Tuesday, July 01, 2008

For the Love of Despots

A friend of mine is trying to talk her son out of applying to Harvard. They gave a platform to former Iranian President Khatami. Of course, David Ellwood, the dean of Harvard University's John F. Kennedy School of Government, had the noblest of motives for inviting an Islamic tyrant to Harvard:
``Do we listen to those that we disagree with, and vigorously challenge them, or do we close our ears completely?" said David Ellwood, the Kennedy School's dean, in an interview with the Globe.
My, how inspirational. I wonder if Ellwood's challenge to Khatami did any good. I doubt it. But this isn't the first questionable guest to speak at Harvard. Back in the 1930s, Harvard was quite a welcoming campus to Nazis.
The Harvard University administration during the 1930s, led by President James Conant, ignored numerous opportunities to take a principled stand against the Hitler regime and the antisemitic outrages it perpetrated, and contributed to Nazi Germany's efforts to improve its image in the West. The administration's lack of concern about Nazi antisemitism was shared by many influential Harvard alumni and students. A faculty panel that supervised a mock trial of Hitler in 1934 ruled that Hitler's anti-Jewish actions were "irrelevant" to the debate. Nazi leaders were warmly welcomed to the Harvard campus and invited to prestigious social events, as the Harvard administration strove to build friendly relations with thoroughly Nazified universities in Germany. By doing so, Harvard's administration and many of its student leaders offered important encouragement to the Hitler regime as it intensified its persecution of the Jews and strengthened its armed forces.
And that was only the beginning. Read the rest of the article and see how far Harvard actually sunk. And we must not forget another anti-Semitic episode at Harvard.
In 1922, Harvard's president, A. Lawrence Lowell, proposed a quota on the number of Jews gaining admission to the university. Lowell was convinced that Harvard could only survive if the majority of its students came from old American stock. Lowell argued that cutting the number of Jews at Harvard to a maximum of 15% would be good for the Jews, because limits would prevent further anti-Semitism. Lowell reasoned, “The anti-Semitic feeling among the students is increasing, and it grows in proportion to the increase in the number of Jews. If their number should become 40% of the student body, the race feeling would become intense.”
Oops! It was for our own good. My apologies to Harvard for questioning its motives. I'm sure Iran wants to nuke Israel "for its own good" too. Their biggest fault is that they care too much for Jews. Just like Stephen Walt. To Harvard's credit, they've distanced themselves from Walt.

And then there's Columbia University, who invited the current president of Iran, Mahmoud Ahmadinejad to speak. There was quite a debate going at the time, but in the end, he spoke at Columbia. And hey, guess what, back in the 1930s, Columbia (in the interests of free speech, I'm sure) also had ties to the Nazis.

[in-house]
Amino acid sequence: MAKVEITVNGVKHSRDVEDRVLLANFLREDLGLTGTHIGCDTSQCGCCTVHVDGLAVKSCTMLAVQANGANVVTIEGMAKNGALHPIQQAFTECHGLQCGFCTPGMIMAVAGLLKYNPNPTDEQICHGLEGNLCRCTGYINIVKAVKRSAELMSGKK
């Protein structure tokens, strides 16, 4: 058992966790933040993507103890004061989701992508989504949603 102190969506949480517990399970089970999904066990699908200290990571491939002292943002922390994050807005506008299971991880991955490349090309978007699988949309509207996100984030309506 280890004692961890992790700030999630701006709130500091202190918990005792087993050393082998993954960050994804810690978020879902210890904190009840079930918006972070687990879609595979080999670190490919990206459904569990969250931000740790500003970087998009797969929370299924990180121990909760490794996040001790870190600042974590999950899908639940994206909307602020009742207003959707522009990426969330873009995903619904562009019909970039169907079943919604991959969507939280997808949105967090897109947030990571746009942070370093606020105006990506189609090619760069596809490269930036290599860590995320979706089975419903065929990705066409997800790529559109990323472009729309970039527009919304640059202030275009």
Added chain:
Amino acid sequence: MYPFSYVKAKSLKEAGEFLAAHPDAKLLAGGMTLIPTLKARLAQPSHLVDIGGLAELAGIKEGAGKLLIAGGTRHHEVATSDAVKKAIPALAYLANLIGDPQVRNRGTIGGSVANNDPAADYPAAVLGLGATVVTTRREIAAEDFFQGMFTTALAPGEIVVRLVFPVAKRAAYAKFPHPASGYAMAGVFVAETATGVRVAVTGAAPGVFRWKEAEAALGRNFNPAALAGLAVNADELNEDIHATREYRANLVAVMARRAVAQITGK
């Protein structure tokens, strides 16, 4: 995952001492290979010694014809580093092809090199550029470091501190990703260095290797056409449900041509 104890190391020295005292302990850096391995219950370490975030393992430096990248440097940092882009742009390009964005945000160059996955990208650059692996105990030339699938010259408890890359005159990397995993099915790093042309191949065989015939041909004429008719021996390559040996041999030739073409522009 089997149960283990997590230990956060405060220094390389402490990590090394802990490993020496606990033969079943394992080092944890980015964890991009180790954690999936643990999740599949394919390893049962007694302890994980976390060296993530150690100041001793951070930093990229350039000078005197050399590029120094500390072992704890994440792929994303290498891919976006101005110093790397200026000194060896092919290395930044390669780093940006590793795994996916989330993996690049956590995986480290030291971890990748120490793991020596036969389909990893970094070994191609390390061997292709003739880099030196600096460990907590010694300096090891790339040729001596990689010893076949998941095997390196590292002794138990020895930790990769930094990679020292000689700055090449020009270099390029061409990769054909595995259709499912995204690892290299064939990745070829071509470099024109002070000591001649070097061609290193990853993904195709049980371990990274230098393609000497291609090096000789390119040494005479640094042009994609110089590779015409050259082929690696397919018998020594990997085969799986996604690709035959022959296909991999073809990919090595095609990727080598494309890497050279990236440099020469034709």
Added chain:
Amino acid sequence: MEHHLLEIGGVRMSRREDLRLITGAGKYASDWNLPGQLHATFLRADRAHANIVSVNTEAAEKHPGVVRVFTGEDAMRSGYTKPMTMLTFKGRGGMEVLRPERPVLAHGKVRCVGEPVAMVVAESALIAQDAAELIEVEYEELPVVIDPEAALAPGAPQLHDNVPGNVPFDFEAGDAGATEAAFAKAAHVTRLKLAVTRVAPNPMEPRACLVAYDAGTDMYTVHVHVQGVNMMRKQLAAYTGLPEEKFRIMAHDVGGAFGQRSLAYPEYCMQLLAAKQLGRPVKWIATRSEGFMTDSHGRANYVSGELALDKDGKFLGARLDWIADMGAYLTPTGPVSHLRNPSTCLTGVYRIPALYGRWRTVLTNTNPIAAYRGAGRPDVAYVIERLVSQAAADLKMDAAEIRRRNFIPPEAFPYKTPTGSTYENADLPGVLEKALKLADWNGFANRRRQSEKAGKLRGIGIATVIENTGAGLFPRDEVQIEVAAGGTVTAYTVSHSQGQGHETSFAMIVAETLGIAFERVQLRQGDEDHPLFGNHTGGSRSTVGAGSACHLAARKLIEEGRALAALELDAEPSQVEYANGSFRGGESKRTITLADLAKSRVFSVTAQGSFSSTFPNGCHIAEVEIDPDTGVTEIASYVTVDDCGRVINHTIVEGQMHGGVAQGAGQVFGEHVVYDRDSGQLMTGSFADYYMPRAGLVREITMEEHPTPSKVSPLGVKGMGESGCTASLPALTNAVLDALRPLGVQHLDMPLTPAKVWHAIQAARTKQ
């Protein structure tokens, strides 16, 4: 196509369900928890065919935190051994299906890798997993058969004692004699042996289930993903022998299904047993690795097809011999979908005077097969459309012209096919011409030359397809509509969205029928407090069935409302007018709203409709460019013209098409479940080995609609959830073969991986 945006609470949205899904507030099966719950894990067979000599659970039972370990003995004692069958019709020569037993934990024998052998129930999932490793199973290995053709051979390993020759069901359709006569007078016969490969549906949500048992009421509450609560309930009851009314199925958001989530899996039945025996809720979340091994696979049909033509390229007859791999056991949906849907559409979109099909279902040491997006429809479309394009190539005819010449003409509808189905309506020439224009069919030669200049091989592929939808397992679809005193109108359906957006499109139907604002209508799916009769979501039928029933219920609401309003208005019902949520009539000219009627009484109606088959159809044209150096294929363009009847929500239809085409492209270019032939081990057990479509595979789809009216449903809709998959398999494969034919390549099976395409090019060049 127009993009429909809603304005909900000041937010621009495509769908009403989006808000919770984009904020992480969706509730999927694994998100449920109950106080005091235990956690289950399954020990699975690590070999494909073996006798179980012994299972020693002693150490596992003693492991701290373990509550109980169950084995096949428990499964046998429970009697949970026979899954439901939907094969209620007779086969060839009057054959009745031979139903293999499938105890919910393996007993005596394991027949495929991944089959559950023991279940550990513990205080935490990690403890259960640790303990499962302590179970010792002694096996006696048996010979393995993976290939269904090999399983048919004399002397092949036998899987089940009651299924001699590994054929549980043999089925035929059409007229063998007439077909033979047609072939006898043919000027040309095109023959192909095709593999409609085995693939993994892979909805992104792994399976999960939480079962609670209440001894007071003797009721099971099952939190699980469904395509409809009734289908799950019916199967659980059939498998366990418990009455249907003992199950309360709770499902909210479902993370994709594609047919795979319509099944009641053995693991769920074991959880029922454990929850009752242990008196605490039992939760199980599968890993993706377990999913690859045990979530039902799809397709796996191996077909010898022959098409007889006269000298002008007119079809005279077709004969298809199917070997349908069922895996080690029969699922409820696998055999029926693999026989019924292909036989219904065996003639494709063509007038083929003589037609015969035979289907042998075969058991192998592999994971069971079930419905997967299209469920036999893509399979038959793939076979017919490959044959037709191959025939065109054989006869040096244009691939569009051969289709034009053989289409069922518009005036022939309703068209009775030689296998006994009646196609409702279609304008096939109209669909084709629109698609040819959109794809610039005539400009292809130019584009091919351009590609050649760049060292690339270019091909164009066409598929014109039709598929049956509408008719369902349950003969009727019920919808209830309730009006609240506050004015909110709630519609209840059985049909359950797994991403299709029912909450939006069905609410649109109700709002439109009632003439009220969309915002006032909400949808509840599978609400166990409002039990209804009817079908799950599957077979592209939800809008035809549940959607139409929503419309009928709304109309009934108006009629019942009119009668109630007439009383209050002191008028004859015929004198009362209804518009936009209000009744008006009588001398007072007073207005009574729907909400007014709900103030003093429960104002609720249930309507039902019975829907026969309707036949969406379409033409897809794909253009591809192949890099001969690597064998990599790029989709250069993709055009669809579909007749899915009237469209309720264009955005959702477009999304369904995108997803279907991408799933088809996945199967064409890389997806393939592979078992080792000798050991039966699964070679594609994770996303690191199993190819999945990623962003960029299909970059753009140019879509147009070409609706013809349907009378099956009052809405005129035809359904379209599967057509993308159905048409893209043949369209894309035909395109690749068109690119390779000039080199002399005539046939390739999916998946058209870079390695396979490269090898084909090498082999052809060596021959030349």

* Columbia invited Nazi ambassador Hans Luther to speak on campus in 1933 (about Hitler's "peaceful intentions") and university president Nicholas Murray Butler hosted a reception for him;

* Columbia continued student exchanges with Nazi-controlled German universities in the 1930s, even after a Nazi official characterized German exchange students as "political soldiers of the Reich";

* Columbia sent a delegate to a celebration at the University of Heidelberg in 1936, even after it had been purged of Jewish faculty members, instituted a Nazi curriculum, and hosted a burning of books by Jewish authors; and

* Columbia permanently expelled student Robert Burke after he led an anti-Nazi rally outside President Butler's mansion.
But we shouldn't make a big deal out of it because,
Columbia Provost Alan Brinkley told the online journal Inside Higher Ed (Nov. 27): "If the events that Professor Norwood describes are examples of ‘collaboration,’ then the collaborators include many thousands of leaders and citizens of the United States, Britain, and many other nations."

In other words, "Everyone-was-doing-it, so don't blame us."
This is not a condemnation of American higher education. I'm just questioning the morality of those in charge of two prestigious American universities. They do seem to love their dictators. And don't forget Larry Summers was purgedfrom Harvard for not toeing the official party line. Why do they have to make excuses to give platforms to thugs and murderers? I think I would try to talk my children out of going to either of those universities too.

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At 10:38 PM, Blogger Pen of Jen said...

Well I agree with you and sadly believe that the majority of our universities are the same. The agenda of becoming paternal and doing what is best for the student body is nothing more than Big Brother and a sham.

I wish I didn't see it this way, but times have really changed and I cannot ever see it the way I did when I myself attended OSU.

Oh and the antisemitism is increasing in leaps and bounds. I no longer recognize many things anymore. What is going on??

At 12:44 PM, Blogger Harry said...

I almost tried to talk my son out of going to college, especially with the insanely escalating costs. The increase in anti-Semitism has me more worried for my children than for myself. And I don't think that would be as bad if so many prominent Jews didn't play along with it.


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